Back in April we took note of the recent boomlet of interest in the land value tax both locally and nationally. That’s the idea that a city’s tax base should rely more heavily on revenue from land, both by regularly and correctly assessing private land values, and by taxing land at a higher millage rate than buildings.
Some national policy writers have recently been extolling its virtues as one way to address yawning wealth inequality, and locally, political figures like Jim Kenney and Helen Gym have called for fixing Philadelphia’s underassessed land values as a way to get more revenue and promote more compact land use.
Gym, who recently won one of the five City Council At-Large seats on the Democratic ballot, and some incumbent City Council members have also been making the case for hiking LVT’s close cousin the parking tax, though as Holly Otterbein notes, only Gym really seems interested in the implications for land use.
And now, Joshua Vincent at Urban Tools Consulting points us to a new U.S. Environmental Protection Agency report, Attracting Infill Development in Distressed Communities, which includes LVT as one of 30 recommended policies and strategies.
The EPA is defining infill development as occurring “in a built-up neighborhood, often using vacant land or rehabilitating existing properties” and they list the benefits as including “financial savings for municipalities, increased property values for residents and businesses, easier travel, reduced pollution, and economic stabilization of neighborhoods.”
The environmental credentials of infill development sometimes seem counterintuitive to people, but the reality is that building new housing and commercial space near existing transportation infrastructure, and particularly the most urban areas of cities, is significantly greener than developing undeveloped areas.
As Center City District’s 2014 State of Center City report showed, the annual carbon footprint for a household in the core Center City area is lower than for the city overall, and Philadelphia has an overall lower carbon footprint than the state.
Who has the highest carbon footprint? It’s the suburbs:
The EPA thinks land value taxes help address this problem by taxing speculation more heavily and raising the cost of not developing high-value urban land.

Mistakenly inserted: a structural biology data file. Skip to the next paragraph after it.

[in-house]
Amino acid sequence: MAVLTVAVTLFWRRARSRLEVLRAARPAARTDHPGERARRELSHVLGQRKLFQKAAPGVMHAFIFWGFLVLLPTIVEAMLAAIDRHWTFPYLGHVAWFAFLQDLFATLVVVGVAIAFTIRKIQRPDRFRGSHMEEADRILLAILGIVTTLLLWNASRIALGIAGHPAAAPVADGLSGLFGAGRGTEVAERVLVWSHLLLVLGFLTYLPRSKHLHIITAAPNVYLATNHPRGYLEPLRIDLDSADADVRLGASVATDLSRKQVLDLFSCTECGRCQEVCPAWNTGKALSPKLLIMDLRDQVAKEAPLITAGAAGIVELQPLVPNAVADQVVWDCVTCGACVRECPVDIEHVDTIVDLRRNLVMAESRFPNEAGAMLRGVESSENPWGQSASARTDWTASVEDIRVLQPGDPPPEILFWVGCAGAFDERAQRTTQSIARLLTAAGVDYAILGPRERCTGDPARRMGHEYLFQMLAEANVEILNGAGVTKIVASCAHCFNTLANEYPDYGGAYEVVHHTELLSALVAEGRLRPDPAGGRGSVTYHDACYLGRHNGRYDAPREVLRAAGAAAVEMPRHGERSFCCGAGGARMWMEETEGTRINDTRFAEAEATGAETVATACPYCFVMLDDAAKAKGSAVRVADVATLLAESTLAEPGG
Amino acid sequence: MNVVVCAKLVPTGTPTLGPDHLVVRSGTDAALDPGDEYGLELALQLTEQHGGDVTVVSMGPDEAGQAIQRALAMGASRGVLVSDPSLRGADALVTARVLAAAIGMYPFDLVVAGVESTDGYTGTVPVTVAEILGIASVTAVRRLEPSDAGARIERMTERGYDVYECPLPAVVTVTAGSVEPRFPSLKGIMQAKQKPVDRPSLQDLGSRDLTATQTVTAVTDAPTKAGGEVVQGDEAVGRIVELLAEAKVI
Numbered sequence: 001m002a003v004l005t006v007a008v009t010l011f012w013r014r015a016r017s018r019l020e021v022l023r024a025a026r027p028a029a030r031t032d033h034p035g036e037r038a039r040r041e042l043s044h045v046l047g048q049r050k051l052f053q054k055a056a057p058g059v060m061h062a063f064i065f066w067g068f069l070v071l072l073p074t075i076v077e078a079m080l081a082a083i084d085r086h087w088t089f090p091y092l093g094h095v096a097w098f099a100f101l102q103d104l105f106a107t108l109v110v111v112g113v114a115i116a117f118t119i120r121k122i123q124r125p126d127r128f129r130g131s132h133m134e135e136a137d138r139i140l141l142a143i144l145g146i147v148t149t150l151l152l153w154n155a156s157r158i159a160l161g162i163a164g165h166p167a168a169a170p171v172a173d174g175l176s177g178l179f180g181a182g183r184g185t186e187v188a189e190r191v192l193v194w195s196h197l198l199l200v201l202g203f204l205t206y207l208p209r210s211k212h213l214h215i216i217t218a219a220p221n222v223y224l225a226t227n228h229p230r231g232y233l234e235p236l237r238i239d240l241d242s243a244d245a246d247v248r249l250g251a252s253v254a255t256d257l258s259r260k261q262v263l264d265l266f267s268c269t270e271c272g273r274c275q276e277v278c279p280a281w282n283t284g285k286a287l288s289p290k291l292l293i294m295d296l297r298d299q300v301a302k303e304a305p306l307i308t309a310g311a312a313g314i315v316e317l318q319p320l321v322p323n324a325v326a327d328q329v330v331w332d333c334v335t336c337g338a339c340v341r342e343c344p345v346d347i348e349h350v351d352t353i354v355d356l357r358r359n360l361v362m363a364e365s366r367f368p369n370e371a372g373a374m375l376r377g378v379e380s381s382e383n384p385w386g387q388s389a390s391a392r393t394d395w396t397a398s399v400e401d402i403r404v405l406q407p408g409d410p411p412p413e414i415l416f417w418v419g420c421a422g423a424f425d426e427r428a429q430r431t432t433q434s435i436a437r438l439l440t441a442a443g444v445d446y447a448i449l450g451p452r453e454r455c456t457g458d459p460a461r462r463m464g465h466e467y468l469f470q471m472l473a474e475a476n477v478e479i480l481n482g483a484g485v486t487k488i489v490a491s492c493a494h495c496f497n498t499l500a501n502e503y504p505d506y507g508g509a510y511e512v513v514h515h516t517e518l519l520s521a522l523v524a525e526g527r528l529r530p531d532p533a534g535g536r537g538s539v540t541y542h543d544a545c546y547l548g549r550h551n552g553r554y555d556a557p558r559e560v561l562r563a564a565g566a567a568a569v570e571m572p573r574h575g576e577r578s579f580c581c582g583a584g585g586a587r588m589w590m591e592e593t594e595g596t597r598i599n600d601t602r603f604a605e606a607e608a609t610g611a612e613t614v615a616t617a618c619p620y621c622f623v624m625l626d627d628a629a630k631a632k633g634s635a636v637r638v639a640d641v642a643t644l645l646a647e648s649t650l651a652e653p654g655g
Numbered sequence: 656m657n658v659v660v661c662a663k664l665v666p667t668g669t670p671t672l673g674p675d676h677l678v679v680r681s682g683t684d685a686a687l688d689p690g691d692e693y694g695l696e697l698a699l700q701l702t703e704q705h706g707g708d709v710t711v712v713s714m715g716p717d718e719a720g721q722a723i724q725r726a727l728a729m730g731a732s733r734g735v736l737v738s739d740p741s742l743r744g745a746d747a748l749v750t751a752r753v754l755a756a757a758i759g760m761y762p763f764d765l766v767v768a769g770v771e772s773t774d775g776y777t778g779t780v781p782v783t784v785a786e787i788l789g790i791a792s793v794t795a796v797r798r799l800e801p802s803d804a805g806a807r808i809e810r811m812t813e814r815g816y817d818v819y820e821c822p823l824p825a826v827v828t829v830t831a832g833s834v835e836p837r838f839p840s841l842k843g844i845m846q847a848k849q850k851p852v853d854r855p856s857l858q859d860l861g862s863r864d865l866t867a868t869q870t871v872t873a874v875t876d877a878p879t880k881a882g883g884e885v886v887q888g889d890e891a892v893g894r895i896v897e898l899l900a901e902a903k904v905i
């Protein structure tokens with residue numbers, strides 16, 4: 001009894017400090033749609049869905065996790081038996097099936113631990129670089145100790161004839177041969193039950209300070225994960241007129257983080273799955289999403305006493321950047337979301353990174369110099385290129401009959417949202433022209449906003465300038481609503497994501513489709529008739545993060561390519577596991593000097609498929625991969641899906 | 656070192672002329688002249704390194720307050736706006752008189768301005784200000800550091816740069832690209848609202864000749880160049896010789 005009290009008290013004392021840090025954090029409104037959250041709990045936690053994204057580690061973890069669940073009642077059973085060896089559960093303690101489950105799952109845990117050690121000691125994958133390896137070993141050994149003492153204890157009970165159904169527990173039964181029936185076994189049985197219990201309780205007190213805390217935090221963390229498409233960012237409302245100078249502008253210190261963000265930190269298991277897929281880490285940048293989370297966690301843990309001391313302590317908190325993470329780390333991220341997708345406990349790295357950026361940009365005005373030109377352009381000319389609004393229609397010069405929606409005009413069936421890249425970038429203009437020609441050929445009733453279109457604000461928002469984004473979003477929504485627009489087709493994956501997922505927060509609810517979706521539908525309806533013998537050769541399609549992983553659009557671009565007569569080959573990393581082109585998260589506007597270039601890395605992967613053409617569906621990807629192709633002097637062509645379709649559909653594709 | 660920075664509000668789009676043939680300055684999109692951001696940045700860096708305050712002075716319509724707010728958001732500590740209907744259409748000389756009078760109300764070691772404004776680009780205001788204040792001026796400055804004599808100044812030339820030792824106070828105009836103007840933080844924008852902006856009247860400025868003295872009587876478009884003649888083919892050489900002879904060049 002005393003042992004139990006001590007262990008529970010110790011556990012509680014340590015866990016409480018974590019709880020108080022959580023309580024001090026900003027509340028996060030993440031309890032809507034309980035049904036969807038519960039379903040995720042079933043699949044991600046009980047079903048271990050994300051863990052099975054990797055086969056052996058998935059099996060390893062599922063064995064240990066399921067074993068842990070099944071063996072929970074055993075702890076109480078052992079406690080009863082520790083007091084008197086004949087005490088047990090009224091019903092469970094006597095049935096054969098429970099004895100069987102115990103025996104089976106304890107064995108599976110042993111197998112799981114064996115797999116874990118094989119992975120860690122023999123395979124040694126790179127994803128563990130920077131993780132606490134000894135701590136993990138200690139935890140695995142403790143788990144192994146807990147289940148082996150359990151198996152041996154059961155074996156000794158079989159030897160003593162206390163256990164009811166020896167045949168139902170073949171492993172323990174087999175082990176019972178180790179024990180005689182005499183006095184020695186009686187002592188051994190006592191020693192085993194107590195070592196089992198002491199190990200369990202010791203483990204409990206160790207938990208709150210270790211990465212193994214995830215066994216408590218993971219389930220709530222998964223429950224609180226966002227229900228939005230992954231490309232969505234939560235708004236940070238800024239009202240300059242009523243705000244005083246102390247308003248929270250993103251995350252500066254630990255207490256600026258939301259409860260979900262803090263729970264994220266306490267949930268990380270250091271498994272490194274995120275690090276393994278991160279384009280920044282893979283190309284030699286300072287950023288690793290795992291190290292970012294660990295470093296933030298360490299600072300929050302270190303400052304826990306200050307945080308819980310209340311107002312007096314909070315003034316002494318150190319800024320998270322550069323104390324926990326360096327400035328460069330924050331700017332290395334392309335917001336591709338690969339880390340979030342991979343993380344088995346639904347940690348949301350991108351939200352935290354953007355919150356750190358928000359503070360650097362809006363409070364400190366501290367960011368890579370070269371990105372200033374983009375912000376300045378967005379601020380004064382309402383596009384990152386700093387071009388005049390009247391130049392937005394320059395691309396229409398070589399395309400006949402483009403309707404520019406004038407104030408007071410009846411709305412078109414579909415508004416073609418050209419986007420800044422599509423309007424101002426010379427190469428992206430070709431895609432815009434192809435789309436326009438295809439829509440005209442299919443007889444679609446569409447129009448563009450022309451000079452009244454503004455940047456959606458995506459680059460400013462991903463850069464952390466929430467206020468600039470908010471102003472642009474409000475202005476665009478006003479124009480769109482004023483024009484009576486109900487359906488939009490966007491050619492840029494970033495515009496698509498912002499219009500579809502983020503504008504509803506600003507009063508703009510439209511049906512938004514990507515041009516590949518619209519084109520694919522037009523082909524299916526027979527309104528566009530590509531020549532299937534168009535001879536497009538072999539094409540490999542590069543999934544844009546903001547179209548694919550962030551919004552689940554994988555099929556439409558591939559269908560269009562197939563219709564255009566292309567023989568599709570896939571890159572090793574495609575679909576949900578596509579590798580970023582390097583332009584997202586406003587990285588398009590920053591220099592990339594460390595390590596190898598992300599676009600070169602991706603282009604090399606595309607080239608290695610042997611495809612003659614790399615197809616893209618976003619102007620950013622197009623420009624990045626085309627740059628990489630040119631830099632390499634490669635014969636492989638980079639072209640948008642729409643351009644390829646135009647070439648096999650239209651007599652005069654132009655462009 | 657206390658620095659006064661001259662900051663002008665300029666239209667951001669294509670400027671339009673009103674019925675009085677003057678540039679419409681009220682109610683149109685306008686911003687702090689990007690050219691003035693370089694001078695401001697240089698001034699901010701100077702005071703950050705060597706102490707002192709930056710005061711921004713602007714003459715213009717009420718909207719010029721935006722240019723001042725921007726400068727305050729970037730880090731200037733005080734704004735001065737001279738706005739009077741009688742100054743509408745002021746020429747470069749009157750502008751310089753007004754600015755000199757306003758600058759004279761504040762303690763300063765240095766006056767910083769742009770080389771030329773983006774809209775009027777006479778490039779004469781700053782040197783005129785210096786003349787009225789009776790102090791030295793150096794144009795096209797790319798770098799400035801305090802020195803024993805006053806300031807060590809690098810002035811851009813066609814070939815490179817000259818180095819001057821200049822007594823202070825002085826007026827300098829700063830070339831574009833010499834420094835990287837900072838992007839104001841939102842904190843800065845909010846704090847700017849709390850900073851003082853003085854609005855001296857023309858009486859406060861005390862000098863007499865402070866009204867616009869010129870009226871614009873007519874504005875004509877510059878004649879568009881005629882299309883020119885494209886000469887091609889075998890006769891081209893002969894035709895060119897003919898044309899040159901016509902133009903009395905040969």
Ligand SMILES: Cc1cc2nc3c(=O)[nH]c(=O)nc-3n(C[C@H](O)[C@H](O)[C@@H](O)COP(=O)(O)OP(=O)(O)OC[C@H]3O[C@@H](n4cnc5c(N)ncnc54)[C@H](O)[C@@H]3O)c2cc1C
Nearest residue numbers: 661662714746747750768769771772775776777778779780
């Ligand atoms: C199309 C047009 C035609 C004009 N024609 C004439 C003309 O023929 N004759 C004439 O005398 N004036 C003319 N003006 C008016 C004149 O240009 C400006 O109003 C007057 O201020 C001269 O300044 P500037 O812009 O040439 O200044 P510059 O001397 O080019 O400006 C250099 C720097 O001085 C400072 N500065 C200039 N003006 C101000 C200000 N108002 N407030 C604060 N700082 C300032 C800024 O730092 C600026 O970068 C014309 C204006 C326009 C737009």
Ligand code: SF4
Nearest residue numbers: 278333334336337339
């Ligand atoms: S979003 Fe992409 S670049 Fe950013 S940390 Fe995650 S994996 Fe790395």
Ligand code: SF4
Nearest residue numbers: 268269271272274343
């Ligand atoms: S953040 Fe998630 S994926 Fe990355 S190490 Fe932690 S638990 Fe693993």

As they note, Pennsylvania state law is especially friendly to split-rate real estate taxes, which tax land and improvements at different rates instead of lumping them together and taxing them at a single rate. Here’s an explainer on what exactly state law allows.
Many of the other strategies, which you’ll see listed on the inset, will be familiar policies from the smart growth tool kit: easing or eliminating statutory parking requirements, adopting a flexible zoning code that favors adaptive reuse and mixed uses, building complete streets that accommodate non-car travel modes, and more.
The recommendations actually come from a task force assembled in Fresno, California for the Strong Cities, Strong Communities (SC2) initiative in 2011. The Obama administration designated Fresno as one of seven cities to participate in SC2, through which economically distressed communities receive federal technical assistance and capacity building resources.
The task force brought together almost two dozen leading experts in development finance, law, public policy, planning, and business in California, to brainstorm strategies to promote infill that would be feasible in Fresno’s climate of slow growth and fiscal distress. No expensive boondoggles, in other words.
Those policy recommendations were used as the basis for the EPA’s report, and they’re being incorporated into the Building Blocks for Sustainable Communities technical assistance program strategy in four cities. They’ll also be the basis for a forthcoming EPA workbook on implementing infill strategies.